I too find concentration to be a poor translation for samadhi. My meditation teacher, Sayadaw U Tejaniya, prefers stability or stability of mind. In terms of meaning, I think it’s really good as it makes sense in terms of practice—much better than concentration. However, I wasn’t satisfied. I set out to find the best translation, and here’s the result:

Samādhi is the noun for the verb samādhiyati.
Samādhiyati is the passive form for the active verb samādahati.
Samādahati: sam “together” + ādahati “put, place”. So, it means “put together” or “place together”. The English word compose shares a strikingly similar origin: com “together” + ponere “put, place”. (Source: http://www.myetymology.com/english/composure.html and http://dictionary.reference.com/etymology/compose) In modern usage, both words can also mean “to still or calm down the mind”.

Composed also share strikingly similar meaning as samāhita (participle of samādahati), which means “settled, composed, collected”. Both denotes a mental state that is not scattered, not “all over the place” (so to speak), but gathered, collected, composed.

Extrapolating from that, the noun samādhi should rightly mean “composure, collectedness”.It is probably the best English equivalent of samādhi.

I’m in the midst of writing an article (which is becoming a booklet) on this among other things related to samādhi. I’m pleasantly surprise to find this discussion on the very topic that set me off on a research spree! Shall share the work with you all when I’m done with it.
I'm not just a monk. I'm a human being. — Sayadaw U Jotika

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Re: Samadhi (best English translation?)

Postby Brizzy » Tue Mar 20, 2012 1:11 pm

Ignorance is an intentional act.

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Re: Samadhi (best English translation?)

Postby Kumara » Tue Apr 10, 2012 3:41 am

I'm not just a monk. I'm a human being. — Sayadaw U Jotika

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Re: Samadhi (best English translation?)

Postby Buckwheat » Tue Apr 10, 2012 5:23 pm

I'm starting to come around to really liking "absorption". I'm starting to see focus as implying the watcher and the watched, whereas when one is really focused on the breath, there's not so much the self focusing on the breath as much as the mind absorbed by the breath and vice versa. Collectedness seems to convey a similar meaning, but I just don't like the word linguistically. And I want to save composure as a replacement for equanimity. Just my opinions.
Sotthī hontu nirantaraṃ - May you forever be well.

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Re: Samadhi (best English translation?)

Postby Kumara » Thu Jan 24, 2013 9:18 am

I'm not just a monk. I'm a human being. — Sayadaw U Jotika

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tiltbillings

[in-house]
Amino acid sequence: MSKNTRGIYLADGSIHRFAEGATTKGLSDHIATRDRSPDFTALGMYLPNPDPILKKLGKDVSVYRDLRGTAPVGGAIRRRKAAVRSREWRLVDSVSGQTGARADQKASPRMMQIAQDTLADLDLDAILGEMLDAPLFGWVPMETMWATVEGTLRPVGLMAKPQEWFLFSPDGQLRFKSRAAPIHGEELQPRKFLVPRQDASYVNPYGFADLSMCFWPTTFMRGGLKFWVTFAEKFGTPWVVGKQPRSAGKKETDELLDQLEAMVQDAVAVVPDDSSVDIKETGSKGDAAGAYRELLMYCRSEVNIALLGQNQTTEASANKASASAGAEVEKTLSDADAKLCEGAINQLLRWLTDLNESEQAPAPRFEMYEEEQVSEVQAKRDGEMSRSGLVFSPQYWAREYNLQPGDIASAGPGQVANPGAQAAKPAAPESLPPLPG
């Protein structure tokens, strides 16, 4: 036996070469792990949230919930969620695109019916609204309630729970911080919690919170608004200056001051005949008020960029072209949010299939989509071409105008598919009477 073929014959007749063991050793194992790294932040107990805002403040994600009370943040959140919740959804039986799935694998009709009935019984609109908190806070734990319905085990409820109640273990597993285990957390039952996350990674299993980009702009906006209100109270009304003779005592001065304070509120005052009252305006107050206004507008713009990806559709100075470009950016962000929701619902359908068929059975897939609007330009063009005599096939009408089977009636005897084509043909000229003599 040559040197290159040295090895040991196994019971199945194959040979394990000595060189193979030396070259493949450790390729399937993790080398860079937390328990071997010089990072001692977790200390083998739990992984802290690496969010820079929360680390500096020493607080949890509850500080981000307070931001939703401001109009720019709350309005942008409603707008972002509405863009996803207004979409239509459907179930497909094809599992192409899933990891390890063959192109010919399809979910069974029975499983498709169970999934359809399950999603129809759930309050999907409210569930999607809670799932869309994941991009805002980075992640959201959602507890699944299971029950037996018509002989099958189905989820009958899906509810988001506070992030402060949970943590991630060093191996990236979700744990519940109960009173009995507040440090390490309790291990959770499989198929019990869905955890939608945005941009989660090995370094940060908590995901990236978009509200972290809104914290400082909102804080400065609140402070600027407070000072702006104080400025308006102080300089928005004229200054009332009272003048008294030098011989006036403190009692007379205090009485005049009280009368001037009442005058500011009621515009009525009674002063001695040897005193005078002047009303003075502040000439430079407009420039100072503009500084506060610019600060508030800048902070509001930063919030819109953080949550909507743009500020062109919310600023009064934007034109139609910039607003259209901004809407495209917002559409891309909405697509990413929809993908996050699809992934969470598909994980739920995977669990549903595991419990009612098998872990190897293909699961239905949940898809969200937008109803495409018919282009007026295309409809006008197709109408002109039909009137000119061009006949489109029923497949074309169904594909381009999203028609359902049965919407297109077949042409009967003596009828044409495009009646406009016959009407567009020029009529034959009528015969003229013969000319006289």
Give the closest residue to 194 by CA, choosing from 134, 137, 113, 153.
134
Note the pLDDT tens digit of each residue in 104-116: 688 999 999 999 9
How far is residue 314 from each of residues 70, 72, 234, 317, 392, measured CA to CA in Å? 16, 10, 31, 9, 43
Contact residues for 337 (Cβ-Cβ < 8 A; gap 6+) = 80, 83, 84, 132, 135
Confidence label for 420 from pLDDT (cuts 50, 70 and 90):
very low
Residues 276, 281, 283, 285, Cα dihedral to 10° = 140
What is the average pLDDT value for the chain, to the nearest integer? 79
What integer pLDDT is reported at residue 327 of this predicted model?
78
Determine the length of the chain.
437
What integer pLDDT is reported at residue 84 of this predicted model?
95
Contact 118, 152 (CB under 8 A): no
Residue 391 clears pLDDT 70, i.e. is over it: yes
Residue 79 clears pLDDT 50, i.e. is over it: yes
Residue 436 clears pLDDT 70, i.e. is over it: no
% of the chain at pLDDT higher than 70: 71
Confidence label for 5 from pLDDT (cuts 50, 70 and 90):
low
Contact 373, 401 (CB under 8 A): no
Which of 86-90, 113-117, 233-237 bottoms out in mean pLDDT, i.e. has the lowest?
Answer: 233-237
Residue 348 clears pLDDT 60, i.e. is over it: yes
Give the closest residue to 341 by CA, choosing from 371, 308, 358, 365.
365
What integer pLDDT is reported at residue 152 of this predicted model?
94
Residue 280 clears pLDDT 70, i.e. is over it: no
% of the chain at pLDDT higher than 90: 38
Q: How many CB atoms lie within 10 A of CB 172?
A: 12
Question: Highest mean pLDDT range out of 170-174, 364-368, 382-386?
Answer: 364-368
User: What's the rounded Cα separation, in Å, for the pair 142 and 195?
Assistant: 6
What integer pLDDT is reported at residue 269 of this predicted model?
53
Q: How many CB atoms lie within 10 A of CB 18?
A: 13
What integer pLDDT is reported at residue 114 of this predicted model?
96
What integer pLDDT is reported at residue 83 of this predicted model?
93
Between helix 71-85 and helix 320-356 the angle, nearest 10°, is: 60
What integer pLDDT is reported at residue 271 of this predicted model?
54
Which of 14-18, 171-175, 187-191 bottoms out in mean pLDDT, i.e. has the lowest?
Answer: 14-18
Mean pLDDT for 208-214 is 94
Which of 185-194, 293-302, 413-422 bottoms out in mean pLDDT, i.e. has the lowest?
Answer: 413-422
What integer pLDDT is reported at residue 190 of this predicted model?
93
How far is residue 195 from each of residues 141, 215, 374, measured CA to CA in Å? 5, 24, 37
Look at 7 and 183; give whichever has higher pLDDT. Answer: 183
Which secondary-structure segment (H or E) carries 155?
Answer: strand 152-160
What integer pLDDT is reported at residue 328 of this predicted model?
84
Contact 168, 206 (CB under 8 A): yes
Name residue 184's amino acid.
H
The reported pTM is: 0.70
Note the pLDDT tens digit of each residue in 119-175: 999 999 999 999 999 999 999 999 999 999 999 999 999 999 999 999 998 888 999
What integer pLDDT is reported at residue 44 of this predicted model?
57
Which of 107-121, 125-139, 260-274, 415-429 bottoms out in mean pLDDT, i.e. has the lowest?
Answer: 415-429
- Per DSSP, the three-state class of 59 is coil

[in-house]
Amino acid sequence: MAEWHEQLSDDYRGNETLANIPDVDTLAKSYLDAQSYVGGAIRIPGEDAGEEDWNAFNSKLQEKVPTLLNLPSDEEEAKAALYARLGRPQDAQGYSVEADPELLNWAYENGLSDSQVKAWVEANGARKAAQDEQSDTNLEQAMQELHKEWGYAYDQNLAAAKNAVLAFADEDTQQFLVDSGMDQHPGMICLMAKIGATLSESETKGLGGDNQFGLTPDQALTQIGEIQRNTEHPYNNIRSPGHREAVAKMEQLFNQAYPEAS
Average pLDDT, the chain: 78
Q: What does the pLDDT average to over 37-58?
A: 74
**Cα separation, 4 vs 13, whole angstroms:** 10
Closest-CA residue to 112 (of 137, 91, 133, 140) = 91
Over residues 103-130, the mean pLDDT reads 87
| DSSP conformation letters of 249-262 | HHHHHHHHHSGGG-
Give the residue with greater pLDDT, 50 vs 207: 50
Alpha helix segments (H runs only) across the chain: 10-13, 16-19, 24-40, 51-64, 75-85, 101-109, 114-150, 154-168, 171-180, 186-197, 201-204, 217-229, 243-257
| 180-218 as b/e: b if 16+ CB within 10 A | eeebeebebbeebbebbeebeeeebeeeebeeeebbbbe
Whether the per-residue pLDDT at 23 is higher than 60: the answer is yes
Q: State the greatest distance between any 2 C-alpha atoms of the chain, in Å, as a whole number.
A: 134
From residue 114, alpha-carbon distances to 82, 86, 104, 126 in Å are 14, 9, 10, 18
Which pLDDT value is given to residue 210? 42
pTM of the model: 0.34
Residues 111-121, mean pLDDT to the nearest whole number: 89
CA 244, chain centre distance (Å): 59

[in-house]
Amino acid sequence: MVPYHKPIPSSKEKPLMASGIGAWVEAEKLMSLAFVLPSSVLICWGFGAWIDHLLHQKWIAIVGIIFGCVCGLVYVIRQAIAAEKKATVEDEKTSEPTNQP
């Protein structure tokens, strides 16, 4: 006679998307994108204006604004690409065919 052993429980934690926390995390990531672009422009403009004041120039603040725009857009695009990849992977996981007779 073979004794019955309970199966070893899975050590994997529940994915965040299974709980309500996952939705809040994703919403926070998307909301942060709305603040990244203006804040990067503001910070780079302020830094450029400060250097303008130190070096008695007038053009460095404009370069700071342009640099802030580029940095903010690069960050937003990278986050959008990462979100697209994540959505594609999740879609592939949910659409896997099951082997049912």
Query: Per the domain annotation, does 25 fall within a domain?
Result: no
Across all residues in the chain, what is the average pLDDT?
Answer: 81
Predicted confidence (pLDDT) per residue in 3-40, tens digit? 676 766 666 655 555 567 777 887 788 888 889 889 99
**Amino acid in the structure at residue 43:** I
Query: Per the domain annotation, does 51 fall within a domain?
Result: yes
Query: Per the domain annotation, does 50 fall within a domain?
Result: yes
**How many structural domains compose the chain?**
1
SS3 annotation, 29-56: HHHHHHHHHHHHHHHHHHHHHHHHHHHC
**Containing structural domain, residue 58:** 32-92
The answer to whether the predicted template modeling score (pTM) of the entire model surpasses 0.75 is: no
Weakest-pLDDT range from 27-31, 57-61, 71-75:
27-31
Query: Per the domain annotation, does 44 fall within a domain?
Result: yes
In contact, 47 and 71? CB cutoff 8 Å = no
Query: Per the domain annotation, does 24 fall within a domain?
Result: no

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Re: Samadhi (best English translation?)

Postby tiltbillings » Thu Jan 24, 2013 9:25 am


John1122
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Re: Samadhi (best English translation?)

Postby John1122 » Thu Jan 24, 2013 5:31 pm

I've heard it translated as discipline among many other things.

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daverupa
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Re: Samadhi (best English translation?)

Postby daverupa » Thu Jan 24, 2013 6:13 pm

I have come to prefer "composure" for samadhi, given the word root correspondence.

"Concentration" reminds me of popping blood vessels in the head, squinting the eyes shut, and straining. "Composure", on the other hand, offers me connotations of a centralized, calm, and imperturbable serenity, which to me seems to align much more closely with the methods of practice and their results.

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Re: Samadhi (best English translation?)

Postby SamKR » Thu Jan 24, 2013 7:55 pm


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Kumara
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Re: Samadhi (best English translation?)

Postby Kumara » Fri Jan 25, 2013 9:40 am

I'm not just a monk. I'm a human being. — Sayadaw U Jotika

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tiltbillings
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Re: Samadhi (best English translation?)

Postby tiltbillings » Fri Jan 25, 2013 10:04 am


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Re: Samadhi (best English translation?)

Postby Spiny Norman » Sat Jan 26, 2013 1:03 pm

I came across "singleness of mind" recently - does that get near it?
"My religion is very simple - my religion is ice-cream."